Bit by bit professions and movements in Portugal are mobilising against what they term the “fraudulent sanitary dictatorship”.
As mainstream media continues to focus on ‘rising case numbers’ (in the main asymptomatic) journalists, doctors and lawyers took part in a rally outside parliament on Sunday where physical distancing and the wearing of masks was the last thing on anyone’s mind.
The overriding message was exposure of “the other side” of the pandemic: the institutional push towards what has been interpreted as a ‘state of covi-fear’: the relentless erosion of ‘Freedom and Democracy’.
Bizarrely, all mainstream media sources were invited to the rally but very few appear to have reported on it.
Pictures of the day’s event can be found over social media (with a number of speeches posted in their entirety over Facebook: see ‘Jornalistas pela Verdade’. ‘Medicos pela Verdade’ and ‘Advogados pela Verdade’).
TVI gave airtime to the legions of parents who turned up demanding the reopening of municipal playgrounds throughout the country.
“How can you explain to children who can go to school that they cannot play in the open air?” Asks a post on over social media. “How do you explain that various parks have been reopened, but so many others remain closed?”
Ironically, as hundreds waved their banners outside parliament the nation’s press informed the country that Manuel Heitor, minister for science and technology, has tested positive for Covid-19. He is yet another ‘case’ where there are no symptoms. Alternative online commentary countered that if Portugal stopped testing, the ‘record numbers of cases’ would simply evaporate.
Day by day the fury and sense of betrayal over the economic and social devastation that one highly infectious disease has been allowed to cause – when the majority of its victims emerge from exposure unscathed – increases.
By coincidence (perhaps), the World Health Organisation has finally come out to say lockdowns ‘are not really the best way to deal with this health crisis’ (how this will change policies in countries like the United Kingdom is unclear. Fortunately, Portugal has consistently said it will not be imposing any further national lockdowns click here).
But what Sunday will have hopefully achieved, says Sandra Oliveira of the civic movement Verdade Inconveniente (Inconvenient Truth) is ‘thought’.
People may now start thinking, not least about how much this crisis is affecting the nation’s children – and how it appears to have been led politically, not scientifically, she told Lusa.
“Many of the sanitary regulations that have been issued – whether for schools, or our health system, are just not aligned with any kind of scientific foundation”, she said.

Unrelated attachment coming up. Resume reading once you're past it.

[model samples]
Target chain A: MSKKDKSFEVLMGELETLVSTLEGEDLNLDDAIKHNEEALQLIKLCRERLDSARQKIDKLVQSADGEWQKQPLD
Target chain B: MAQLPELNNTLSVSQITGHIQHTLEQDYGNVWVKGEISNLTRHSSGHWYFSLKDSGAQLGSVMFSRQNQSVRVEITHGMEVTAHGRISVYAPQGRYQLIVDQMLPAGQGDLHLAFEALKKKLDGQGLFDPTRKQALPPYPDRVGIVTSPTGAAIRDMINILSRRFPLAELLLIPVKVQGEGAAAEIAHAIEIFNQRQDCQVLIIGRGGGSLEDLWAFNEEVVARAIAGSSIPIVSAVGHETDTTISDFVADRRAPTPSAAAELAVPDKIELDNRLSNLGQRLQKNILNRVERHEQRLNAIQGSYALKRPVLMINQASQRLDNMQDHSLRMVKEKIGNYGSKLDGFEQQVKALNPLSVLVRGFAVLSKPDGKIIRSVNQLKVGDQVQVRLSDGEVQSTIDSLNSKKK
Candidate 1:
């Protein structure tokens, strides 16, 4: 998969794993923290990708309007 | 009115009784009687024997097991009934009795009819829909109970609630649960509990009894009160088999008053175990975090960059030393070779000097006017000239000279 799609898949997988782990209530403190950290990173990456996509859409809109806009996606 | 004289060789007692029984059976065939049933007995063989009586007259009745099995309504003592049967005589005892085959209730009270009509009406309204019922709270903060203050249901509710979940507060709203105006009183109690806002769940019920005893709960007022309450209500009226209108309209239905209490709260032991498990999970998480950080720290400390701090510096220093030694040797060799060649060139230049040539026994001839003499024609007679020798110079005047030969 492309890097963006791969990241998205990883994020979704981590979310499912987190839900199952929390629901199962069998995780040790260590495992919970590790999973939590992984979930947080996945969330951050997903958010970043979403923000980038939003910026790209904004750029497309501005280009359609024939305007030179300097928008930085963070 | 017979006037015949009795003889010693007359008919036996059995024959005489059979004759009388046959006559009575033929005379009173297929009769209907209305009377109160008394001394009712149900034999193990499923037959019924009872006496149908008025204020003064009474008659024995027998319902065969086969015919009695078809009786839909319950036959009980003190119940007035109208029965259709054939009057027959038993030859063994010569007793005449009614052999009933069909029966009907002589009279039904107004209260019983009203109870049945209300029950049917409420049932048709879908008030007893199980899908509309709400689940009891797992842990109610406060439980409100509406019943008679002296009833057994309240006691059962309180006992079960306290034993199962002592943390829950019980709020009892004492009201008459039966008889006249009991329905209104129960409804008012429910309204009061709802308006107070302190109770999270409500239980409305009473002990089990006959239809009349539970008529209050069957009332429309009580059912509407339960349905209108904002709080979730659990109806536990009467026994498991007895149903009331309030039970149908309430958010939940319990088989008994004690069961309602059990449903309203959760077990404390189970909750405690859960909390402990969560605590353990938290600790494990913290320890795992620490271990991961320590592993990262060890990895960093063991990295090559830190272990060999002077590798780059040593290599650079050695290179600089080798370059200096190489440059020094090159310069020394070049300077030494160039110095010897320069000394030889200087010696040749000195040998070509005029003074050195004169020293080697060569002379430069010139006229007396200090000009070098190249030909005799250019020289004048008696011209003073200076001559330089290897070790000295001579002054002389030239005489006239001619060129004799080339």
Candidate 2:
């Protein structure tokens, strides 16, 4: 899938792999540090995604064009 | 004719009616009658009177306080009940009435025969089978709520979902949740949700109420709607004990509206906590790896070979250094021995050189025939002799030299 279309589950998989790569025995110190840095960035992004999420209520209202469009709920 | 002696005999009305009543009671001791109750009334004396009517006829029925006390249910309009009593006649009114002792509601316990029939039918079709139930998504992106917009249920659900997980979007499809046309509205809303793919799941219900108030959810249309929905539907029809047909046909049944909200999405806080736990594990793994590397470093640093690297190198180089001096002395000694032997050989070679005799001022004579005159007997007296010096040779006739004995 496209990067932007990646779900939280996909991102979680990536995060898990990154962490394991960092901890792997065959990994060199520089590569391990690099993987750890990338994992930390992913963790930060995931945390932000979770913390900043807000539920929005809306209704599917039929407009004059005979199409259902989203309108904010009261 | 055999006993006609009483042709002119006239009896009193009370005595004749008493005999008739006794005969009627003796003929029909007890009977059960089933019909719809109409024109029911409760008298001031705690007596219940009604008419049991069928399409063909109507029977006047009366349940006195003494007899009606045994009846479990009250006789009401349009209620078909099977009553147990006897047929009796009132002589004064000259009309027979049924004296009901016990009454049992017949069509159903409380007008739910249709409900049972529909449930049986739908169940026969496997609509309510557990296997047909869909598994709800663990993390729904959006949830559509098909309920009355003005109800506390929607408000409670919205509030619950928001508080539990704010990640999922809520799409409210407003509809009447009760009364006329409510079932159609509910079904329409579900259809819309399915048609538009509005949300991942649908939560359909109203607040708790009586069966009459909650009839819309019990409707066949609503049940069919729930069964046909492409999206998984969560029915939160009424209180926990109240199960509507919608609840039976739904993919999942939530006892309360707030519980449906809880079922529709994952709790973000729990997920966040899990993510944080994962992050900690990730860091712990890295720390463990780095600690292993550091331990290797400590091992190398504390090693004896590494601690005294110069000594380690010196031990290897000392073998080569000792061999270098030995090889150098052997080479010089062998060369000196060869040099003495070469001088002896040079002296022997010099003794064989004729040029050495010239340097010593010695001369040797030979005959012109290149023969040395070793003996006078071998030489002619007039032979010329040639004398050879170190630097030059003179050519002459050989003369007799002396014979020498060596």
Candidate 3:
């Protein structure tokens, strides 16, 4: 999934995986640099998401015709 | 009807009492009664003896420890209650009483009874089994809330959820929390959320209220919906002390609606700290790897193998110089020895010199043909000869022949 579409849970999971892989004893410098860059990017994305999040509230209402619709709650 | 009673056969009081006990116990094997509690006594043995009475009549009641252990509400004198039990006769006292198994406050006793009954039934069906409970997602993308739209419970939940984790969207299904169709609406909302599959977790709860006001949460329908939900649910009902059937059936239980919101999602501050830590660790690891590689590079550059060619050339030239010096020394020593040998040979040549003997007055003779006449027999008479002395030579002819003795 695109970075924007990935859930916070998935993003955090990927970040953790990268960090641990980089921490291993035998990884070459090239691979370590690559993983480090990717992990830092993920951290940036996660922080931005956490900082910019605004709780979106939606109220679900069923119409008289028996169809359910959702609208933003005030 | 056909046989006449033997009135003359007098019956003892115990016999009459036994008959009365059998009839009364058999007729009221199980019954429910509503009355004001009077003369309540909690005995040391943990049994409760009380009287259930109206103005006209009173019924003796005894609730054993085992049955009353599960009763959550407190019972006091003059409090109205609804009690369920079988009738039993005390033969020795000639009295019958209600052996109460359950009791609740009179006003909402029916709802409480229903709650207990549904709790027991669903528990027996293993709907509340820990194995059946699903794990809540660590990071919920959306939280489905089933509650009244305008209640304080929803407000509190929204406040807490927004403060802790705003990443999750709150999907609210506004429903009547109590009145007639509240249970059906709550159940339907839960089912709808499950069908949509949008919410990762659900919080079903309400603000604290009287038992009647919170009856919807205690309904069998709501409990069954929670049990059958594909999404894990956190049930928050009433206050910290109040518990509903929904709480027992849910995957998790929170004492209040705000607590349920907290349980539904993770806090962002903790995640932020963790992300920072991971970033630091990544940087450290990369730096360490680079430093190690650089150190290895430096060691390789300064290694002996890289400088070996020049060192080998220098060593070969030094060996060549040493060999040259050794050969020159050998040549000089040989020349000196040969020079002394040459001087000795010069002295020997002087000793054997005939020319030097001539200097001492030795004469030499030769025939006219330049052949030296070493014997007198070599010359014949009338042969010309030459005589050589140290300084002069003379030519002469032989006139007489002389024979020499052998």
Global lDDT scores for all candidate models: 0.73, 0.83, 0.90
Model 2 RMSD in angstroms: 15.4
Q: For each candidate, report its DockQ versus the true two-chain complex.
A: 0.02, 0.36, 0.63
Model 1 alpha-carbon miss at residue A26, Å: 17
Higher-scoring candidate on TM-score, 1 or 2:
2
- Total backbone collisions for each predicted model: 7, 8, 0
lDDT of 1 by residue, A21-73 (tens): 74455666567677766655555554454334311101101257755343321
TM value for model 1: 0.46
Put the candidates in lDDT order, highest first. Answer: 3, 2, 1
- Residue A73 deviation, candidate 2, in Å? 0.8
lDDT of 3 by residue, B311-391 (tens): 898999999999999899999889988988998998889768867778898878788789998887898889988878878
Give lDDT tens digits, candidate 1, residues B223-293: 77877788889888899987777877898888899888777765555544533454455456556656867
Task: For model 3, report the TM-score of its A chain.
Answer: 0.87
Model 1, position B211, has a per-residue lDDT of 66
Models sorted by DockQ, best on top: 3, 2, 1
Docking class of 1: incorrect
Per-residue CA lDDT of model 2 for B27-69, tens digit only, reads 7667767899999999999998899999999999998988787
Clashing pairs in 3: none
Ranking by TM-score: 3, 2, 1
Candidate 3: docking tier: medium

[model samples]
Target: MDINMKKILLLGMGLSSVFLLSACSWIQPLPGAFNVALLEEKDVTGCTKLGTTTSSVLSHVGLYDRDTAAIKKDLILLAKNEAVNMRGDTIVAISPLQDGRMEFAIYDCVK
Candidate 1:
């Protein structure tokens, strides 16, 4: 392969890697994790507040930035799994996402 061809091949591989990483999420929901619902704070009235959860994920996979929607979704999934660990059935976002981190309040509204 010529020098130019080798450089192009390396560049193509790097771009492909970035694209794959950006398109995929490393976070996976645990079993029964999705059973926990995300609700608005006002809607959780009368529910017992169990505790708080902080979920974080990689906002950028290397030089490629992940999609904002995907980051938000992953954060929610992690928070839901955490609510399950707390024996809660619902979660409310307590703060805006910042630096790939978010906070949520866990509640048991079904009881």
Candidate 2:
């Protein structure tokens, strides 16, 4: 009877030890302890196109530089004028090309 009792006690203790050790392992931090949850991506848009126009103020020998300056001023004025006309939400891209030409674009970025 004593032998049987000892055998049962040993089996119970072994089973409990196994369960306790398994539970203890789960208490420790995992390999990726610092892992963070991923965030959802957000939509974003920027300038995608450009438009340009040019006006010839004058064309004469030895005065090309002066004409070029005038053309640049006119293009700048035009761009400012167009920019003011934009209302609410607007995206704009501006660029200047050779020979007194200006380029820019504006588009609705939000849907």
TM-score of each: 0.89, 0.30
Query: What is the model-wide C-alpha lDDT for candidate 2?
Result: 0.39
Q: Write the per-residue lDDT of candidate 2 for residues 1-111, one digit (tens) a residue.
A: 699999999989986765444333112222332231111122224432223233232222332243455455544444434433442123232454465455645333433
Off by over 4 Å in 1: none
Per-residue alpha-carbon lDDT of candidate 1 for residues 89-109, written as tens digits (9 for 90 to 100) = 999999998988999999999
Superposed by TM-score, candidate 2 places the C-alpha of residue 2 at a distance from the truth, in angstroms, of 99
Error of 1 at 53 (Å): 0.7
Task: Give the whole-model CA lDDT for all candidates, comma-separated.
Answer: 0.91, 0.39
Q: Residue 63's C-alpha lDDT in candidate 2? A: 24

In her opinion, says the State news agency, “schools are limiting children from the physical act of breathing” by enforcing the rule that they must wear masks at all times.
“We want transparency. We want to know who makes up the DGS team that comes up with all these rules, because they are frequently not even aligned to advice from the World Health Organisation”.
A medical anaesthetist sharing the same surname (Margarida Oliveira) “corroborated this opinion”, adds Lusa, saying the DGS is acting like “a faceless, nameless oracle”, and coming up with rules that doctors barely understand.
Speaking for Médicos Pela Verdade, Margarida Oliveira said Portuguese health authorities are “going beyond the recommendations of the World Health Organisation” while municipalities and schools are taking measures that “create environments of fear which will surely have future repercussions”.
“This is a respiratory virus that in some people with specific vulnerabilities due to age or associated pathologies can develop into a serious illness. But this percentage is tiny”, she stressed, adding, that yes, “those with serious issues must be treated and the virus controlled. But we cannot, in the name of a minority, dictate the liberty of an entire society for a respiratory virus”.
The busy event was also supported by the national association of children’s spaces and playgrounds, many of which are in danger of collapse.
“Even today there is no light at the end of the tunnel”, said representative André Resende. “It is not only us who have these businesses and cannot work, it is the families and the children who now cannot celebrate birthdays, or have fun using our spaces”.
Resende told Lusa there are roughly 3000 workers who have been prevented from working due to the closure of 500 children’s play areas and events centres. Yet all the businesses are prepared to operate with safety regulations in place. It’s simply that “no one is even interested in opening dialogue”, he said.